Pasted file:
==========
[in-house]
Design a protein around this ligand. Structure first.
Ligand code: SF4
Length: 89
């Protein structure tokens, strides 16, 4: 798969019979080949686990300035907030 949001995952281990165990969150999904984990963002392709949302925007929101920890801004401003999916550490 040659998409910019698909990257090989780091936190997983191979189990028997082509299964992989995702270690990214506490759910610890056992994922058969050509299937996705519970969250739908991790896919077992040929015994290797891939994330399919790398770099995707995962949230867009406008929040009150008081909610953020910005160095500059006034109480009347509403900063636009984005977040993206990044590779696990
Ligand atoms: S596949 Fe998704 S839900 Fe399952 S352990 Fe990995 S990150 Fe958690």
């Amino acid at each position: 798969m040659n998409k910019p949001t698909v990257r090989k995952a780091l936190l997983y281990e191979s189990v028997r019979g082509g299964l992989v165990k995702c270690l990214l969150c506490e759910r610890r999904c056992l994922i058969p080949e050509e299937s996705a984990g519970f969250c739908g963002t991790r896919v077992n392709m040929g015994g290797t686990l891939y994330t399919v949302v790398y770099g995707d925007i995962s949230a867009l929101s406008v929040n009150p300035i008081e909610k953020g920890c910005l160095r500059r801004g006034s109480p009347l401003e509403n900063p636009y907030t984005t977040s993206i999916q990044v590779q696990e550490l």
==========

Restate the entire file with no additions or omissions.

[in-house]
Design a protein around this ligand. Structure first.
Ligand code: SF4
Length: 89
């Protein structure tokens, strides 16, 4: 798969019979080949686990300035907030 949001995952281990165990969150999904984990963002392709949302925007929101920890801004401003999916550490 040659998409910019698909990257090989780091936190997983191979189990028997082509299964992989995702270690990214506490759910610890056992994922058969050509299937996705519970969250739908991790896919077992040929015994290797891939994330399919790398770099995707995962949230867009406008929040009150008081909610953020910005160095500059006034109480009347509403900063636009984005977040993206990044590779696990
Ligand atoms: S596949 Fe998704 S839900 Fe399952 S352990 Fe990995 S990150 Fe958690």
């Amino acid at each position: 798969m040659n998409k910019p949001t698909v990257r090989k995952a780091l936190l997983y281990e191979s189990v028997r019979g082509g299964l992989v165990k995702c270690l990214l969150c506490e759910r610890r999904c056992l994922i058969p080949e050509e299937s996705a984990g519970f969250c739908g963002t991790r896919v077992n392709m040929g015994g290797t686990l891939y994330t399919v949302v790398y770099g995707d925007i995962s949230a867009l929101s406008v929040n009150p300035i008081e909610k953020g920890c910005l160095r500059r801004g006034s109480p009347l401003e509403n900063p636009y907030t984005t977040s993206i999916q990044v590779q696990e550490l």